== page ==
The Top 5: Players Who Have Played For Both The Yankees And Mets

NEW YORK - JULY 17: Former Yankee David Cone is introduced during the 64th annual Old-Timers' Day pre-game ceremonies prior to the New York Yankees hosting the Tampa Bay Rays on July 17 2010 at Yankee Stadium in the Bronx borough of New York City. (Photo by Mike Stobe/Getty Images)

It’s almost time for round two of the 2012 Subway Series between the Yankees and Mets.

There's a long list of players who have graced the rosters of both the New York Yankees and New York Mets. But that list shrinks significantly when trying to find players who have had long stretches of success for both teams, as there's really just one player who thrived for both New York clubs. So Yogi Berra, for instance, doesn't make the cut. Sure, he was one of the greatest catchers in baseball history during his years in the Bronx, but his 2-for-9 in four games cameo with the Mets in 1965 disqualifies him. There are plenty of interesting characters and fun names that crop up when perusing the list of dual Yankee/Met players -- Marv Throneberry, Ron Swoboda, Bill Sudakis, Dave Kingman, Willie Randolph, Frank Tanana, Dock Ellis, Doc Medich, Al Leiter and Mike Torrez, just to name a few. Robin Ventura and Elliott Maddox get honorable mention as they came close to making the Top 5, but here are the most notable players, ones who achieved some sort of success with both teams.

5. Dwight Gooden: We know all about his career with the Mets (157-85 record, 3.10 ERA, 1.175 WHIP, ERA+ of 116, 39.3 WAR), which spanned 11 seasons, from 1984 to '94, including his historic 1985 Triple Crown year, his World Series title, a Cy Young, a Rookie of the Year award and four All-Star Games, but what did he do for the Yankees? On May 14, 1996, against the Seattle Mariners, he tossed a no-hitter, which earns him a place on this list (trivia question: Who was the Yankee second baseman in that game? Answer: Robert Eenhoorn, the Netherlands native who had 67 career at-bats with the Bombers and Angels). Gooden's Yankee career ('96, '97, '00): 24-14 record, 4.67 ERA, 1.503 WHIP, ERA+ of 103, 4.7 WAR. He also appeared in three postseason games for Yankees, one start with a no-decision and two relief appearances.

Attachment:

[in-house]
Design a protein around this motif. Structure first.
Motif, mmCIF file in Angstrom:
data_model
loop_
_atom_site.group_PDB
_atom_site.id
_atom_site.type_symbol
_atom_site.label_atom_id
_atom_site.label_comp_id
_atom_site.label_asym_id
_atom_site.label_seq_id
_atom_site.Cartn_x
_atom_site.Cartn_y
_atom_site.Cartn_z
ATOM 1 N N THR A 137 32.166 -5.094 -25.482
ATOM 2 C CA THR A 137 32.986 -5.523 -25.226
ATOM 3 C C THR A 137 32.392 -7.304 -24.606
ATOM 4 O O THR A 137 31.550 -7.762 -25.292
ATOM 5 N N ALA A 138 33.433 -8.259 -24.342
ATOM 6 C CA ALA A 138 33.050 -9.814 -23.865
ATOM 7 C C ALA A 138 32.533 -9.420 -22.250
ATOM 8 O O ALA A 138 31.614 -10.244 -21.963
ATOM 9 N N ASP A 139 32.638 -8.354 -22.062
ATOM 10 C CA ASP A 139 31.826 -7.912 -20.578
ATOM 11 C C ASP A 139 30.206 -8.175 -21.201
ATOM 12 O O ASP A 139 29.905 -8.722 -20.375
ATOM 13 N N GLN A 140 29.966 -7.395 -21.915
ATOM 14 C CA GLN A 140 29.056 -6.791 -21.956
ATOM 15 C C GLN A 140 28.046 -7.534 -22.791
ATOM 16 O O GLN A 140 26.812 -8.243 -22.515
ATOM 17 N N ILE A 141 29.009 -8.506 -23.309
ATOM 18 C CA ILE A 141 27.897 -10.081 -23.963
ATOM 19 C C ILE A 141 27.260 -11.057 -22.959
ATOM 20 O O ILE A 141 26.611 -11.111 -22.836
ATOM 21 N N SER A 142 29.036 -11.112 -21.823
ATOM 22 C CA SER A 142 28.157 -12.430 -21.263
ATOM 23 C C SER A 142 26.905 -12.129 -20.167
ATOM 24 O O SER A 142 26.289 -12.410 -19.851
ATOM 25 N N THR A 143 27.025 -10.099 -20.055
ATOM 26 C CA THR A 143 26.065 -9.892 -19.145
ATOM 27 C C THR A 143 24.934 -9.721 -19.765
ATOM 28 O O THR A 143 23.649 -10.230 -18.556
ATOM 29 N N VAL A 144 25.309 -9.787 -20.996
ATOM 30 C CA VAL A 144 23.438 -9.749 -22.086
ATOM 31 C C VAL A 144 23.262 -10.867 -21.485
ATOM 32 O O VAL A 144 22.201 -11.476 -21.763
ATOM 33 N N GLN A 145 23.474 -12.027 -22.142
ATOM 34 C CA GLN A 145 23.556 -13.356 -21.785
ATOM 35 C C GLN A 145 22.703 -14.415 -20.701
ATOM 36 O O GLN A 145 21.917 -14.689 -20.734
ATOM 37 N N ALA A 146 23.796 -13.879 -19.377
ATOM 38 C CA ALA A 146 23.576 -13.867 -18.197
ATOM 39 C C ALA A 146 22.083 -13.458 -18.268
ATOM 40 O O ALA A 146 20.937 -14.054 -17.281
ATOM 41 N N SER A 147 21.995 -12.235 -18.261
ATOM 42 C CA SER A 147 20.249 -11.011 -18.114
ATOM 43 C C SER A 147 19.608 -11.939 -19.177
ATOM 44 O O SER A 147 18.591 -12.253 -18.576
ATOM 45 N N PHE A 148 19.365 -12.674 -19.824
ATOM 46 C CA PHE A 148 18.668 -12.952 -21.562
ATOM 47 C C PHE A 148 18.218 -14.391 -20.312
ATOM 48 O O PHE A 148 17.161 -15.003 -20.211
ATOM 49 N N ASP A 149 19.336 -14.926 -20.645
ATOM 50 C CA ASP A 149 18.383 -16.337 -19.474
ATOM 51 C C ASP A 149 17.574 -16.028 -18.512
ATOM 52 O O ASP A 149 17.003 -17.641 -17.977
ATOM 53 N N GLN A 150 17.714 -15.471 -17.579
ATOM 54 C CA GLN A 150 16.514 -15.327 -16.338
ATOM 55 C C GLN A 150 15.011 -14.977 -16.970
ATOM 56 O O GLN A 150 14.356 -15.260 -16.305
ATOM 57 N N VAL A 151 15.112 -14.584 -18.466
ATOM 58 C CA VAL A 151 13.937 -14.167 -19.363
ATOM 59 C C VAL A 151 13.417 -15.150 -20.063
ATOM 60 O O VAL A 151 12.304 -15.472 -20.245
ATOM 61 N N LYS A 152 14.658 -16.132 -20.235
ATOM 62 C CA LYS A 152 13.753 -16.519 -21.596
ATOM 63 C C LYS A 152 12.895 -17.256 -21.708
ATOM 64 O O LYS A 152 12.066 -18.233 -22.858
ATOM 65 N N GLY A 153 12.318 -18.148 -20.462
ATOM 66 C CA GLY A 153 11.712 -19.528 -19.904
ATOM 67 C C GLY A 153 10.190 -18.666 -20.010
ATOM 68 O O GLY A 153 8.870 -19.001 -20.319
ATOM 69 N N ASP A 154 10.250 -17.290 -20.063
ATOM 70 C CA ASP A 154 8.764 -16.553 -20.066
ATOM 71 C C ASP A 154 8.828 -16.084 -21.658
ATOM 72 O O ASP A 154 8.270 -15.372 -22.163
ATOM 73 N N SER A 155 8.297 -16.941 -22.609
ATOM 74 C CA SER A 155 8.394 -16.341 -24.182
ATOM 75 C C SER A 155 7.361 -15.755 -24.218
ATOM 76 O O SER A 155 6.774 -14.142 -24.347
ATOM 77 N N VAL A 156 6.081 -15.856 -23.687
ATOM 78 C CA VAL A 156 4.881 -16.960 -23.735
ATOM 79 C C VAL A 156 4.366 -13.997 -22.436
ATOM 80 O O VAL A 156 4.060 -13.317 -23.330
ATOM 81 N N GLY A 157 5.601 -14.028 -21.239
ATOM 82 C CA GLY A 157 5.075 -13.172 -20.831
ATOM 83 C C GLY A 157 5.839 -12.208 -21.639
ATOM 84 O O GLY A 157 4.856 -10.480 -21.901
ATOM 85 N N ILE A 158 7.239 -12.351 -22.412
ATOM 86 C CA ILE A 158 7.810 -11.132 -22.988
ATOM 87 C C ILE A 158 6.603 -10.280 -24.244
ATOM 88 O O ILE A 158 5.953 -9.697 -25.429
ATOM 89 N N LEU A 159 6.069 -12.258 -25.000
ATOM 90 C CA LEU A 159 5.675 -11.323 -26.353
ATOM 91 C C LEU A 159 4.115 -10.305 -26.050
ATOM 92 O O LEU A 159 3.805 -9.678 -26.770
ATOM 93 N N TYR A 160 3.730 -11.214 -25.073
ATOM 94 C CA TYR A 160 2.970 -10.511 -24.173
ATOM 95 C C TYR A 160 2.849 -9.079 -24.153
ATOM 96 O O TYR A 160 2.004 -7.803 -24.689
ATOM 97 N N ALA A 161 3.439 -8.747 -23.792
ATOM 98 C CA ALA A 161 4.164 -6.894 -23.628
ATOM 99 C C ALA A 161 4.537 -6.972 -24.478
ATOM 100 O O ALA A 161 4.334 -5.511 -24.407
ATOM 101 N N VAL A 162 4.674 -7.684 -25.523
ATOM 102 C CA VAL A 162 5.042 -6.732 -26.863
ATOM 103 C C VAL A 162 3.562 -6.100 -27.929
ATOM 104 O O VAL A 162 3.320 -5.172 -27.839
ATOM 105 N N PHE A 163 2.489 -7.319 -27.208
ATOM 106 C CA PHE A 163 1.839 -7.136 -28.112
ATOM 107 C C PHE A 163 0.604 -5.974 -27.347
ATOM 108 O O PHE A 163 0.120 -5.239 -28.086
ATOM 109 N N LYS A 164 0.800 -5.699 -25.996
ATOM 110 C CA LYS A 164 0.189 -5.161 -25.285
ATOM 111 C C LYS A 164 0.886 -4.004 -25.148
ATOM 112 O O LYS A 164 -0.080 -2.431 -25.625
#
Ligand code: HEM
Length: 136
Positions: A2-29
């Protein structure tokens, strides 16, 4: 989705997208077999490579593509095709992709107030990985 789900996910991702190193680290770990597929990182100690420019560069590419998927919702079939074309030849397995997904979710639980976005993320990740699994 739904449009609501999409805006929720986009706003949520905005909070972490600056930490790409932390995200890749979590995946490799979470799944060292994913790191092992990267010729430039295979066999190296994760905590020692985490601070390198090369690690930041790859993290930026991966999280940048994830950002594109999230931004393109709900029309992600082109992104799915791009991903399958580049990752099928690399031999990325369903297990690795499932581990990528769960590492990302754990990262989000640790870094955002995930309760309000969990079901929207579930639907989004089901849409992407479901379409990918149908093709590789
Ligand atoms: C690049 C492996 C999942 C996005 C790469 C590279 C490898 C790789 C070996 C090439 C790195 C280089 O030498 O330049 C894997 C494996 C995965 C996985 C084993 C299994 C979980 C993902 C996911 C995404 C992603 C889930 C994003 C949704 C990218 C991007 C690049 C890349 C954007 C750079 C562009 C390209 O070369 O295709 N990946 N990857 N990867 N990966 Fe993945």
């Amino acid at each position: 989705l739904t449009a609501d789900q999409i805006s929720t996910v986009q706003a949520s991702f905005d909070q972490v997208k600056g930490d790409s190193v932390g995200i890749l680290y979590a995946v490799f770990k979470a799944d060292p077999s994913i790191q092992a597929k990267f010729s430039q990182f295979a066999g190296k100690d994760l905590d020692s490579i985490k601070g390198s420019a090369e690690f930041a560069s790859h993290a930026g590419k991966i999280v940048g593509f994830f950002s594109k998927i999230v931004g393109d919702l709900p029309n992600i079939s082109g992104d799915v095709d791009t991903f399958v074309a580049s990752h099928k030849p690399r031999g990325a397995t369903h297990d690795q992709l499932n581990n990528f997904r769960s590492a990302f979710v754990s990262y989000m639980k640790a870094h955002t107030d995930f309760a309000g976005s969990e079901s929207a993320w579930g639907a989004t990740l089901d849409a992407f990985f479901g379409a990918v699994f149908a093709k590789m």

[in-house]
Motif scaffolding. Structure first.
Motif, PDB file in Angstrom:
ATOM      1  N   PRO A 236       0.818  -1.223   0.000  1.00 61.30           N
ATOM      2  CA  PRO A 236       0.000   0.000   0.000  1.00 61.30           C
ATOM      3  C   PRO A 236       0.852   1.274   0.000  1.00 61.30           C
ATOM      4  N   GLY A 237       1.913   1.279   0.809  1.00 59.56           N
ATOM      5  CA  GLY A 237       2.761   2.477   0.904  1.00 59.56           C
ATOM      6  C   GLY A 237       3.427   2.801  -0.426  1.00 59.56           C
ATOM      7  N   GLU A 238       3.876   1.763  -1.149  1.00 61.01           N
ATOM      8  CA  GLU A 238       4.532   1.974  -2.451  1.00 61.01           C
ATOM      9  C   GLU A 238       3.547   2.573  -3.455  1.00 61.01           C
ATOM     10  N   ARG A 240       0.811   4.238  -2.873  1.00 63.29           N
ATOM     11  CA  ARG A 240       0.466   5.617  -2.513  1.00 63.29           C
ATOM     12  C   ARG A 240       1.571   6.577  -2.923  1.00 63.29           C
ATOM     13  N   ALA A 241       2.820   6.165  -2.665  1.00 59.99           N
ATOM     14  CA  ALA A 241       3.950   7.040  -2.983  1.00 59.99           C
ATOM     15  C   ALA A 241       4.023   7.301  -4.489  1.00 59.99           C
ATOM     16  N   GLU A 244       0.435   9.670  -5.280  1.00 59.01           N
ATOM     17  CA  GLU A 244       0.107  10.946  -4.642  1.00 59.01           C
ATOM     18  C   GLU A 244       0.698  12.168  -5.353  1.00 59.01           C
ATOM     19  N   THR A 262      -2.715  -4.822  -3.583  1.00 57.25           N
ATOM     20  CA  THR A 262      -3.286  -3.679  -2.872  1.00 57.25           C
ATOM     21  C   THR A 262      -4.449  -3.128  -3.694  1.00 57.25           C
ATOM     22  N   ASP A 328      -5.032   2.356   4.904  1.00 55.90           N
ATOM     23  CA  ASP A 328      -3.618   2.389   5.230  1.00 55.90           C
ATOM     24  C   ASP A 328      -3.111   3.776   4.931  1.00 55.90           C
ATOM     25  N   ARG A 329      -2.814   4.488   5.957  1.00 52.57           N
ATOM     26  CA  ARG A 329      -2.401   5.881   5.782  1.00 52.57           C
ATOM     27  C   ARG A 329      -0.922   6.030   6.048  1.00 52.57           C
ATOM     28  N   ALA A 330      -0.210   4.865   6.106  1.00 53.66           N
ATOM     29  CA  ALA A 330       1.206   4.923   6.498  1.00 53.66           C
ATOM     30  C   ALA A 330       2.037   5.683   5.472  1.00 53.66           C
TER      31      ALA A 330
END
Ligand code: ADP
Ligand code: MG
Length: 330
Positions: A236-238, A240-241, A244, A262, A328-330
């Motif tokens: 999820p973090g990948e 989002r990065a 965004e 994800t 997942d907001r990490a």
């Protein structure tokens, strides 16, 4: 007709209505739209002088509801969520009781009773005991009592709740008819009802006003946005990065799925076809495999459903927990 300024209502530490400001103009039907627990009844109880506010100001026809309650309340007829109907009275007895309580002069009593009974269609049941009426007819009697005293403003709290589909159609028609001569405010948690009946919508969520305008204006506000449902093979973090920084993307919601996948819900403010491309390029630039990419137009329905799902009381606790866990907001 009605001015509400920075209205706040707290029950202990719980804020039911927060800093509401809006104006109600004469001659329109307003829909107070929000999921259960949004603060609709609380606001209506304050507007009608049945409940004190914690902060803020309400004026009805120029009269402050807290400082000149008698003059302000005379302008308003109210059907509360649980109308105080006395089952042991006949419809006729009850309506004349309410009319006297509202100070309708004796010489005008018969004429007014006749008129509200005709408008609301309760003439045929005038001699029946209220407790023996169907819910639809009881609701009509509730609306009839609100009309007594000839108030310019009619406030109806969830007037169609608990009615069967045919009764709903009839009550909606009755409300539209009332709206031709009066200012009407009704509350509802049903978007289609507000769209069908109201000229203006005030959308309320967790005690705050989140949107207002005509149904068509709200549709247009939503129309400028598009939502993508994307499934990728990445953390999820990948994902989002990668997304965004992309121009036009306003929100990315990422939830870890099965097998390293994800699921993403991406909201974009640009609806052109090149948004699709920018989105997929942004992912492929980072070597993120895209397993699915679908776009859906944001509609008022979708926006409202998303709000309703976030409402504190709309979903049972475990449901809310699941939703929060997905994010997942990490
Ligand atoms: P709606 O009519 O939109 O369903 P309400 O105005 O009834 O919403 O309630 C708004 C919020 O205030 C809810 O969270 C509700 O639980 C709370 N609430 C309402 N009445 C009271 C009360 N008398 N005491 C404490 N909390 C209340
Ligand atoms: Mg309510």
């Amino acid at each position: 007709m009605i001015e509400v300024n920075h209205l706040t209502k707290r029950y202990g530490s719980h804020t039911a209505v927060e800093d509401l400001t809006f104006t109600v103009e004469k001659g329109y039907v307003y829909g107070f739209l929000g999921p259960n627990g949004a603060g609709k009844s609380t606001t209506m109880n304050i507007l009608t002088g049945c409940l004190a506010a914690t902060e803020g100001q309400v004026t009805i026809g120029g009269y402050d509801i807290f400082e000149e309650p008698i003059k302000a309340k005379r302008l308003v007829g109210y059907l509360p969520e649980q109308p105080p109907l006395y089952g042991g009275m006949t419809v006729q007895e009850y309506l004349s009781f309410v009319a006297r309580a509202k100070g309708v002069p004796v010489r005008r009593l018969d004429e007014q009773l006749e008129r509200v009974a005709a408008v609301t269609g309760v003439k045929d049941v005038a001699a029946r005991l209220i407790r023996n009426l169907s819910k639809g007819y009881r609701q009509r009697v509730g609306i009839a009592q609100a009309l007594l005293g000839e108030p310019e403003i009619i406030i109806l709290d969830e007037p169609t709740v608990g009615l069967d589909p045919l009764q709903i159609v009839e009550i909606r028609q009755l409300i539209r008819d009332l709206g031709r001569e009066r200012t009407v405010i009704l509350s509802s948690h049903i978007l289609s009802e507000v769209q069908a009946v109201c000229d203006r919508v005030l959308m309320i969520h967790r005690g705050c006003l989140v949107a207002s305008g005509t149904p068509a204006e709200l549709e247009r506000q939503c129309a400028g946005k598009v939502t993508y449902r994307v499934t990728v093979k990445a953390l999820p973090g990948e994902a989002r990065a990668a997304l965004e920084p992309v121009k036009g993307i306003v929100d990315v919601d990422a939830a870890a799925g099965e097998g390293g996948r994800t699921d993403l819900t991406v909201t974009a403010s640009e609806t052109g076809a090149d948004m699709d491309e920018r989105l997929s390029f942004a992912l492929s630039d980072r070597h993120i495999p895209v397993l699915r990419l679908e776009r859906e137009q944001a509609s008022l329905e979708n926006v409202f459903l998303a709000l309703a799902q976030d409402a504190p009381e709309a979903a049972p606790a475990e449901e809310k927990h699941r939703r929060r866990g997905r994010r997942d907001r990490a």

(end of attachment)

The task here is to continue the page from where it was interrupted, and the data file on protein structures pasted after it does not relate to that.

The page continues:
4. Orlando Hernandez: El Duque defected from Cuba and was an instant hit with the Yankees. In his six years with the team, he helped them win three World Series titles, went 61-40 in 139 games, with a 3.96 ERA, 1.237 WHIP, 116 ERA+ and 17.9 WAR. Hernandez was even better in the postseason, compiling a 9-3 mark for the Yankees and was named the '99 ALCS MVP. He wasn't too shabby for the Mets, either, cobbling together an 18-12 record in parts of two seasons in Queens, with a 3.88 ERA, 1.199 WHIP, ERA+ of 112 and 3.6 WAR. Down the stretch in 2006, he went 2-2 with a 2.01 ERA in September. One day before he was scheduled to start in Game 1 of the ALDS that year, though, he tore a calf muscle running sprints, which shelved him for the postseason (how many fans forget that the Mets' top two starters -- Pedro Martinez being the other -- didn't throw a pitch for the Amazin's in the playoffs and they still made it to Game 7 of the NLCS?).